(Cross-posted from ianholmes.wordpress.com)
The idea behind the JBrowse project has always been to bring the standards of commercial software development to genomics.
JBrowse was originally an attempt to bring genome browsers up to the usability standards of commercial web apps. In the 1990s, bioinformatics led the web: Lincoln Stein (a co-PI of JBrowse) wrote the CGI.pm module that was used to power sites like Amazon in the early days, as well as his genome browser GBrowse. But by the mid-2000s, the Internet boom had left us behind. Genome browsers looked like MapQuest; we wanted JBrowse to look like Google Maps.
What is Agile, and what does it mean for research software?
Agile is a name for a set of software engineering principles that have evolved (or been discovered and formalized) over many decades in the industry. Some of its core ideas are iterative improvement of working software; a central focus on customer needs and stories; responsiveness to change; and an emphasis on interactions between people – including, for example, pair programming by developers, self-organization of teams, and collaboration with users.
Different industries use Agile in different ways, and don’t always call it by that name. For example, in the game industry (my first career) it’s common to iterate rapidly on playable prototypes. This is initially driven by a very small team focused on AI and game logic, snowballing into a much bigger effort involving graphic designers, musicians, and playtesters. This in many ways is similar to Agile, but reflecting the unique needs of game development.
Academic software has unique needs too. For an example of something where we need to figure out an academic equivalent, consider a specialized role that is common in industry Agile teams: the Product Owner. This person is responsible for advocating for the needs of the user to the developer team, prioritizing development, and ensuring that new features are coherent. The Product Owner is not necessarily a developer themselves, but they have to be able to talk to developers, and to have a deep understanding of the users’ needs and the nature of the software.
This role is, as I mentioned, quite standard in industry; but in academic software, it’s kind of a new thing, and we have to figure it out. Perhaps the closest fit is an outreach coordinator (which is a more common title in the academic job market). A good fit might be a postdoc or Masters graduate who really knows the scientific domain and has frequently used informatics software, but was not necessarily involved in tool development themselves.
It might be that someone in this kind of role could also write some documentation, or take the lead on writing papers. Again, a recent PhD or (in genomics) a biocurator could be an excellent fit.
JBrowse needs a Product Owner
The JBrowse team has gotten big enough that we need a Product Owner. We are developing version 2 of our genome browser, and it’s a highly extensible platform that can be used for many different things: comparative genomics, cancer genomics, genome annotation, structural variant analysis, you name it. Keeping things focused on user needs is becoming a major job.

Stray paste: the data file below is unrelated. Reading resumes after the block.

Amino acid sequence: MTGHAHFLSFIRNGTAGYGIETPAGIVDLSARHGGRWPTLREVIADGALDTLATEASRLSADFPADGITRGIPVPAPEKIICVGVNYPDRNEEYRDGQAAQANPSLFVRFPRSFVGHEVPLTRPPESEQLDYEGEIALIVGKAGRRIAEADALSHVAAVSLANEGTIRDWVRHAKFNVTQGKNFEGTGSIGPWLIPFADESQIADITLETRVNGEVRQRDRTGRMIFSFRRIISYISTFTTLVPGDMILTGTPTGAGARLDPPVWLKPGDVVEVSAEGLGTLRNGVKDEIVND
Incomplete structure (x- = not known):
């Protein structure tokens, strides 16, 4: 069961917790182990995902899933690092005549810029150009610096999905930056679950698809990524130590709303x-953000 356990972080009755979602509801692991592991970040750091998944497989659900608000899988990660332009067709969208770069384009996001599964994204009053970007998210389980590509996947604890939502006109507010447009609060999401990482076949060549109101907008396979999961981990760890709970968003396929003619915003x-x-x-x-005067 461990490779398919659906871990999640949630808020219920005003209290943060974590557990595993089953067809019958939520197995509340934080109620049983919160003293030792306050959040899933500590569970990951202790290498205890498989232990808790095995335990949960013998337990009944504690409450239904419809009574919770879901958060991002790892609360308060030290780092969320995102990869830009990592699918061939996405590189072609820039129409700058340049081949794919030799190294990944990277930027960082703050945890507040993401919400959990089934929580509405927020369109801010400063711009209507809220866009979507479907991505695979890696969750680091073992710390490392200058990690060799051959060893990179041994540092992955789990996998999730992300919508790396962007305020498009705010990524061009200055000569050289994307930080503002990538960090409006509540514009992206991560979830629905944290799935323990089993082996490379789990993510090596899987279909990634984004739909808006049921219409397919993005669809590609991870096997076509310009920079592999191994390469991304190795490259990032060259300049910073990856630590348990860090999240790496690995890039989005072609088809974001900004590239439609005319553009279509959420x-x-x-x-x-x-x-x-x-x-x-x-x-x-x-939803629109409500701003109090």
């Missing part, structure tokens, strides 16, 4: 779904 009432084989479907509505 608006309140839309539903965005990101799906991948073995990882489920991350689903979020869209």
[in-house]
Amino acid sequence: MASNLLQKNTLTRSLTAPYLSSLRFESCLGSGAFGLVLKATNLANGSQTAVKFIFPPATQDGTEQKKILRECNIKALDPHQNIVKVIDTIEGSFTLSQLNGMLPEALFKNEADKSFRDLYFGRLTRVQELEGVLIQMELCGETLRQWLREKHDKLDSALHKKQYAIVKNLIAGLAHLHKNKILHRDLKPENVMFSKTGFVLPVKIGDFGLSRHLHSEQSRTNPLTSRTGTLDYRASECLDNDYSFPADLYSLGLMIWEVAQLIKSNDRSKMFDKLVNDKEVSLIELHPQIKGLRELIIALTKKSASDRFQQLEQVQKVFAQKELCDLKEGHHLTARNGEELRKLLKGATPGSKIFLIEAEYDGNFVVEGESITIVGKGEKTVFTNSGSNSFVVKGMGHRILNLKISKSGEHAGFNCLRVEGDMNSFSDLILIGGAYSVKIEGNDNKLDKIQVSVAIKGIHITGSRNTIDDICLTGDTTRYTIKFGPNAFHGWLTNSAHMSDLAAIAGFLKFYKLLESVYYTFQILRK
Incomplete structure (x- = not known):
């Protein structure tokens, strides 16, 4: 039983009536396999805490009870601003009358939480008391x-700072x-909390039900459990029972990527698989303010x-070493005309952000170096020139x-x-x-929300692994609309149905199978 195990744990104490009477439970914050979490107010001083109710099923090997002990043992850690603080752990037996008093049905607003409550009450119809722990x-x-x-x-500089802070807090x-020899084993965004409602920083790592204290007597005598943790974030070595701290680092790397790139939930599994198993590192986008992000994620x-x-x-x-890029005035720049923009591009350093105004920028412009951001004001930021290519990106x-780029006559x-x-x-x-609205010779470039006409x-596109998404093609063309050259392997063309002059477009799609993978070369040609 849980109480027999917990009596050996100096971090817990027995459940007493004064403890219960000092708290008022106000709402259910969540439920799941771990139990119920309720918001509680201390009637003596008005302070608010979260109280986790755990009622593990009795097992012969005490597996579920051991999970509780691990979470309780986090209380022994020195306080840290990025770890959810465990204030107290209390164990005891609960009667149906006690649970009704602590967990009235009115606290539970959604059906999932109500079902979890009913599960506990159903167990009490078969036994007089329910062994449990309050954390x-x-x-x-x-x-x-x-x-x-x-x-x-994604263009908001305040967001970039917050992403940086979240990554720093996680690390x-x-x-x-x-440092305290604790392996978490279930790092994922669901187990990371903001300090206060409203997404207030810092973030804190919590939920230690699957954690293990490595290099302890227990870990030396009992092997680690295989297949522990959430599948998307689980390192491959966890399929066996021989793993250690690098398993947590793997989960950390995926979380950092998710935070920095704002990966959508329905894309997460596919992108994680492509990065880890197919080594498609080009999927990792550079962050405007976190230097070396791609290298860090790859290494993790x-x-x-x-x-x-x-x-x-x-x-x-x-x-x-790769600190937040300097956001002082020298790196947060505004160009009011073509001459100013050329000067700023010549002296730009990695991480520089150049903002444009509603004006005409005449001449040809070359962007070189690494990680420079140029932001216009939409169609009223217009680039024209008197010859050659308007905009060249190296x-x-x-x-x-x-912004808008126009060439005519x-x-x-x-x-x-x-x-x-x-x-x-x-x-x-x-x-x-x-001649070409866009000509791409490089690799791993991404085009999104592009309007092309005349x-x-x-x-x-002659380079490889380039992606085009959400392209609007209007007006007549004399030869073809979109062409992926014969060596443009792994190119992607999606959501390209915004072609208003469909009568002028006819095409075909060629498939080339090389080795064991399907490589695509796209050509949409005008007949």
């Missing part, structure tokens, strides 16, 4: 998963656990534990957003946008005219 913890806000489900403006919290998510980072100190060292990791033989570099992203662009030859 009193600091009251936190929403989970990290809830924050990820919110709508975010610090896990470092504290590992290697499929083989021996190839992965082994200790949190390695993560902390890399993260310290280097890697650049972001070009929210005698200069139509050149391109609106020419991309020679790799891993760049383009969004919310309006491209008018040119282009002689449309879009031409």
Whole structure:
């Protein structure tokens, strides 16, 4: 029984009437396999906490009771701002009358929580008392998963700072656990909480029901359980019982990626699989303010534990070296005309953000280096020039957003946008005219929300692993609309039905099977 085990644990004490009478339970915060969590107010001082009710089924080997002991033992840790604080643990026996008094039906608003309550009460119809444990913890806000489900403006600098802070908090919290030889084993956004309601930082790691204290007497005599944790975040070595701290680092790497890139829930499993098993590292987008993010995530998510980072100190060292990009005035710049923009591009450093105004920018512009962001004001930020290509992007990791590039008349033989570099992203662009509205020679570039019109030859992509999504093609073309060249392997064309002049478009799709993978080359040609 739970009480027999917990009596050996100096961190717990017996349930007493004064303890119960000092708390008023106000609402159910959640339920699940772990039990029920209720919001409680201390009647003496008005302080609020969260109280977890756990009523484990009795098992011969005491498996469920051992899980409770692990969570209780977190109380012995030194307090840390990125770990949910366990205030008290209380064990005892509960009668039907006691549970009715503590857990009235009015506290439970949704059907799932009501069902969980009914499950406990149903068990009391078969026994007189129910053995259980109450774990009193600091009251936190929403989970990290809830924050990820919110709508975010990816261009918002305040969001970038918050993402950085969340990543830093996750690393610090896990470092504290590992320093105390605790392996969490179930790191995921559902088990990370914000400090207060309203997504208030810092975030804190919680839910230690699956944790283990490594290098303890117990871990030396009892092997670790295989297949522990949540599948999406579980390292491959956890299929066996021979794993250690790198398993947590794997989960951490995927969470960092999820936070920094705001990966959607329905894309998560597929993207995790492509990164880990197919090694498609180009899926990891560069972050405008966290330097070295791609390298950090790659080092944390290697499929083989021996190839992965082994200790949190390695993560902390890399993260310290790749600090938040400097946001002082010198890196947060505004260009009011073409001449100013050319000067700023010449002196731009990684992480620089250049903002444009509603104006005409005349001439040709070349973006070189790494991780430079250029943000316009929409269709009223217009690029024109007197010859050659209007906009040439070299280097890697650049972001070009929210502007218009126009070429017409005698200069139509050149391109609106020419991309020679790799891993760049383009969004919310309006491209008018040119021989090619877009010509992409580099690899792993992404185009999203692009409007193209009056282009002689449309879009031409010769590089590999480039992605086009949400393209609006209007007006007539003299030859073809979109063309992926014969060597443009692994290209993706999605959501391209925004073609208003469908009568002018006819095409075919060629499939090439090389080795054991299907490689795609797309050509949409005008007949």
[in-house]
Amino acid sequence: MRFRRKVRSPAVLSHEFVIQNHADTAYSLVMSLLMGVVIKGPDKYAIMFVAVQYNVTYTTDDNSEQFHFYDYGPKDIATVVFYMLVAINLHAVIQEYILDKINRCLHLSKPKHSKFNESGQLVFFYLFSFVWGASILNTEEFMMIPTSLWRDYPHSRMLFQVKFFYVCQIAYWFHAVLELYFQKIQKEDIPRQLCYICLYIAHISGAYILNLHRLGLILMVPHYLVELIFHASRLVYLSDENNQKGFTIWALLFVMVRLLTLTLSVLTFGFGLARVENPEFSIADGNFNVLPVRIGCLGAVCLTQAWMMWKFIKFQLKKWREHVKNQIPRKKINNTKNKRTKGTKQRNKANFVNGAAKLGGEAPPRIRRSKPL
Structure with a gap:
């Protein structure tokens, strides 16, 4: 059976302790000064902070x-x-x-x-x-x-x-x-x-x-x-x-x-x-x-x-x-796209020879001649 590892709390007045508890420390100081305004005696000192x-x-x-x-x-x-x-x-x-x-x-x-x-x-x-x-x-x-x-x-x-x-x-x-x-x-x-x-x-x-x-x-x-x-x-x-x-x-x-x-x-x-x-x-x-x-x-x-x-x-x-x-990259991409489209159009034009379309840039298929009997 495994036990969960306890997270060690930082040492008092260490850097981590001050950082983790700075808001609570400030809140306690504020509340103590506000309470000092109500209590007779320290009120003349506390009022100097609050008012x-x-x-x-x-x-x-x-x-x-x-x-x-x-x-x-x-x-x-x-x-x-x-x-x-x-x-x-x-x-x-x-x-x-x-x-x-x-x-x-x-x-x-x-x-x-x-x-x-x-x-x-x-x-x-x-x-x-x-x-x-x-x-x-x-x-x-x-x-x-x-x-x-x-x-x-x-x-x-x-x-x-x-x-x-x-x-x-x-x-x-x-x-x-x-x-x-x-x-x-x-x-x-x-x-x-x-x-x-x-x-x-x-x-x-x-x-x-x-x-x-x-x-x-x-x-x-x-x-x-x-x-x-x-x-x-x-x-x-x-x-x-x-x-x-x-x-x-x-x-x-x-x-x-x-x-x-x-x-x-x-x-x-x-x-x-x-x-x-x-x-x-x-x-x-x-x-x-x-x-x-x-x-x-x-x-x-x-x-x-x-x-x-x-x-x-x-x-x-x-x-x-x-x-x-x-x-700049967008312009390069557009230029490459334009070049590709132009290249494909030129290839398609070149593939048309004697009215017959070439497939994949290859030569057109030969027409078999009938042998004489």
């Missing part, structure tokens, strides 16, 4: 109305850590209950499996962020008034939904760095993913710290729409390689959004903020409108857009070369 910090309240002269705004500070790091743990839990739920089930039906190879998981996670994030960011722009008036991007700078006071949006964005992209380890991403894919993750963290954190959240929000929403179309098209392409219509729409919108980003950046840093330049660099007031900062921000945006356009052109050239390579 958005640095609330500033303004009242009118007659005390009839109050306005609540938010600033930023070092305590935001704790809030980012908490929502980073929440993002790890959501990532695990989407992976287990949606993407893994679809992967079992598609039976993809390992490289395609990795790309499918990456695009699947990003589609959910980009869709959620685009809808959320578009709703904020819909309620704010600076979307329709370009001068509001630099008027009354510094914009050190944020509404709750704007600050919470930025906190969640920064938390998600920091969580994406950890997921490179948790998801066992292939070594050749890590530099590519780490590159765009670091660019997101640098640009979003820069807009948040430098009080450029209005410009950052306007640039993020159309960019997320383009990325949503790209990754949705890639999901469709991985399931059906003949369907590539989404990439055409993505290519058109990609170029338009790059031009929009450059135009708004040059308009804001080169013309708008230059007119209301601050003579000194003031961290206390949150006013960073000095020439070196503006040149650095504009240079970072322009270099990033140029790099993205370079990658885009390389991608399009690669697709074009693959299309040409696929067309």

As I mentioned, paper-writing would probably also be a part of the academic product owner role. There is now quite a lot of accumulated work in JBrowse 2, and we have a bit of a paper backlog: research software engineers tend to like research problems, but writing them up or wrangling them through review? Not so much. So for whoever joins in this role, there could be a plum opportunity to get a bunch of papers out.
Because of the overlap with the postdoc skill set (project management skills and broad familiarity with the science), and the opportunities for publishing papers, we think that “postdoc” is the closest match to this job in existing academic categories. So we will be recruiting this as a postdoc-style position, at least as first, although we would also consider applicants without a PhD (in which case it would be more like a “research associate” position). But the responsibilities would be a bit different from a traditional postdoc: more focused on delivering software to the user community, like a product owner in an Agile team.
Product Owners have a future in genomics software
I was motivated to write this post because, by now, I trust the trend: When we adopt a practice from the software engineering industry, and have to reinvent or customize some aspects of it, this is rarely a one-off. Typically, it’s a harbinger of a new kind of practice in bioinformatics software. I wanted to lay out our thinking on this, as it’s taken me a while to understand what this role entails.
Bioinformatics as a career is a thing, now, in academia and in industry. Front-end development is definitely a thing. I can all but guarantee that this kind of role – what Agile calls the Product Owner – will become more and more important in genomics software development (which, increasingly, infiltrates all of genomics). And it will set you up to transition to a professional role in Foundation, or Verily, or many other big, mid-size, small, and as-yet-unborn companies working in the bioinformatics application space.
So if you are a recent PhD graduate, or a Masters or BA, who has a broad understanding of genomics and the role of visualization, then please get in touch. This might be a job for you. More importantly, it might be a career for you. And the fact that it isn’t quite defined yet is a huge plus: there’s no fast-track quite as fast as the track that most people don’t even realize is a career yet.
How to apply
If you’re interested in becoming a Product Owner for the JBrowse genome browser, please contact Ian Holmes at ihh at berkeley dot edu, including the phrase “JBrowse Product Owner” in the subject line of your email.